29th July 2005, 09:19 PM
P-ATA vs SATA
recently, my second HDD in my setup of 2 EIDE HDDs crashed, taking out my image library.
So, seeing that my motherboard can support both P-ATA and SATA, I went out and bought a SATA drive 200gb.
So now, I am running an ABIT AV8 motherboard with 2 hdds: a PATA/EIDE Seagate 160gb (paritioned as 40 and 120gb) and a SATA West.d 200GB.
I planned to used my 200GB SATA as a backup for the master image library that resides on my seagate, and as a scratchdisk for photoshop.
However, when I backup my image files from the seagate (PATA) to the West.D (SATA), it takes a whole 75-90mins to backup 20GB. This seems phenomenally slow... esp. since my friend who runs an older ATH-64 2200 takes just 20mins to backup this much between his 2 PATA drives.
Can anyone advise what may be wrong? The drives themselves work ok, just that everything is slow. And when the file transfer is in process... my whole computer slows to the point that I can't do other things.
29th July 2005, 09:27 PM
Try to turn off all the opening program..antivirus....nnd others those in the taskbar. It also depend on your processor speed as well.
Originally Posted by Keltzar
29th July 2005, 09:37 PM
Several things you can do:
Update the chipset drivers (get the Hyperion 4-in-1 drivers from VIA Arena)
Update the SATA controller's drivers.
There may be an issue with the provided drivers in the drivers diskette. Some people have reported that the drivers on the provided diskette don't work properly for WinXP.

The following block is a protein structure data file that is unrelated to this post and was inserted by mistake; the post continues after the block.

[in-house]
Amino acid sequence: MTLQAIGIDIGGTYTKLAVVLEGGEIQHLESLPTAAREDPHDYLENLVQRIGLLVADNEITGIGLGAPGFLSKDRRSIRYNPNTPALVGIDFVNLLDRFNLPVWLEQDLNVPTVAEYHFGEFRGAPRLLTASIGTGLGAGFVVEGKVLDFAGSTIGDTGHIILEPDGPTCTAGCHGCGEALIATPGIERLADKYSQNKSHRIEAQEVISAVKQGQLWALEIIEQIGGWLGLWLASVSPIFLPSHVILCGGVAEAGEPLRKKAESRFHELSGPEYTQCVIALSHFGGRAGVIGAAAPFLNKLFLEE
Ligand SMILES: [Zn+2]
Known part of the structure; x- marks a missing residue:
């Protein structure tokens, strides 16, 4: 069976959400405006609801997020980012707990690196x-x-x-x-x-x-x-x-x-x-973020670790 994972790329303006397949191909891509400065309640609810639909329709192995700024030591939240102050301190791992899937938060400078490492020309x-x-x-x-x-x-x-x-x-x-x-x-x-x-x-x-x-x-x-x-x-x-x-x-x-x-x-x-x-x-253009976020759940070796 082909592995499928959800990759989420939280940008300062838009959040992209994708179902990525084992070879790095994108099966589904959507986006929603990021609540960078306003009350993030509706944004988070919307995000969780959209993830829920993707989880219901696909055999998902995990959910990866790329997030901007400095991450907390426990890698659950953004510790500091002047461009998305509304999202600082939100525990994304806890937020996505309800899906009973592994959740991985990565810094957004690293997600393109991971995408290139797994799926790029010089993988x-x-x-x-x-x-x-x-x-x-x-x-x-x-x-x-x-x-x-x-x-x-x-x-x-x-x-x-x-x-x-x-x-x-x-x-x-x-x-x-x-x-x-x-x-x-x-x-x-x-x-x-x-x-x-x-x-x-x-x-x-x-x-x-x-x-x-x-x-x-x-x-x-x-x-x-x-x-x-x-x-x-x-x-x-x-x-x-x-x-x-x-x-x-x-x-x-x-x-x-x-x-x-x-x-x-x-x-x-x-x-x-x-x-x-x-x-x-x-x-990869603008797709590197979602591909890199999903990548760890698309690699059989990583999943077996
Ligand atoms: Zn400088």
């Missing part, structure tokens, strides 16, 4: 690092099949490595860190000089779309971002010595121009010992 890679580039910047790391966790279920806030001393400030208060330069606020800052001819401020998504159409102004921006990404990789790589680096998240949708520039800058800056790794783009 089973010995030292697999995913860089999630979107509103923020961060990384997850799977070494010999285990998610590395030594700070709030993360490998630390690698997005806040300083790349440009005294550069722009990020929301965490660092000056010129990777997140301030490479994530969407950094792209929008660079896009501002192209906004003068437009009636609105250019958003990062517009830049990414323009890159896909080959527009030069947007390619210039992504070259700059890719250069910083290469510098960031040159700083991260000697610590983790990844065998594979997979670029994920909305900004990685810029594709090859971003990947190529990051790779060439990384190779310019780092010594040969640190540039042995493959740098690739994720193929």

Check your Device manager to ensure that the drives are all functioning in Ultra DMA mode rather than PIO mode.
If all else fails, you may need to flash your controller and/ or motherboard BIOS to the latest version if it isn't already so.
29th July 2005, 11:23 PM
First and foremost, you need to know what chipset if your PC.... if it is those old 2003 springdale chipset from intel... erm... think streetname is called i865 chipset, then your SATA is not a real SATA... it is a SATA emulation....... In addition to that, Lab test have shown that in those chipset, sustained data transfer speed between PATA and SATA is qestionable. In most cases adding a true SATA controller card will solve the problem. and If your motherboard is designed for AMD CPUs, the problem with intel chipset is present cos MB manufacturers added SATA for AMD machines much later than intel. Hopes this helps...
29th July 2005, 11:48 PM
Originally Posted by idor
i865 has proper SATA support through the ICH5(R) actually..
His computer is running on the VIA KT800 chipset.. And we all know how problematic VIA chipsets are...
30th July 2005, 01:44 PM
anyway, after hours of reading and research I appear to have solved the problem though I don't know how... my performance is up 400%. A 20gb of data now takes 15mins to transfer between PATA and SATA.
Essnetially all I did was take the original ABIt CD and install the SATA driver for RAID and RAID toolkit. Although I don't have a RAID array, it seems to have solved the problem. Some HDD testing software I used seem to have confirmed it.... the SATA drive appears to read/write at about 25% faster than the PATA.
Since this thread is open...
is it easy to flash the bios? I noticed that my AV8 motherboard bios has been updated to v22 as of 15th July. The last time someone helped me flash the bios was in Jan2005.
30th July 2005, 02:36 PM
It depends.. But users seem to say that it could be problematic for the Abit AV8... You *might* want to buy a spare BIOS rom first.. Just in case..
30th July 2005, 03:48 PM
Check first what the new bios changes are. And if the changes are neccessary for you or not. Sometimes the changes are to recognise newer cpu and if you don intend to upgrade your cpu soon then there's no need to flash the bios now. But if it's something thats critical then you will need to update the bios. You can find out how to flash the bios on their website. Just print out the steps and follow them. Make sure you download the correct bios for your M/B model and version.
31st July 2005, 03:01 AM
... the biggest attraction is proper running of their "cool and quiet" function.
... is this important?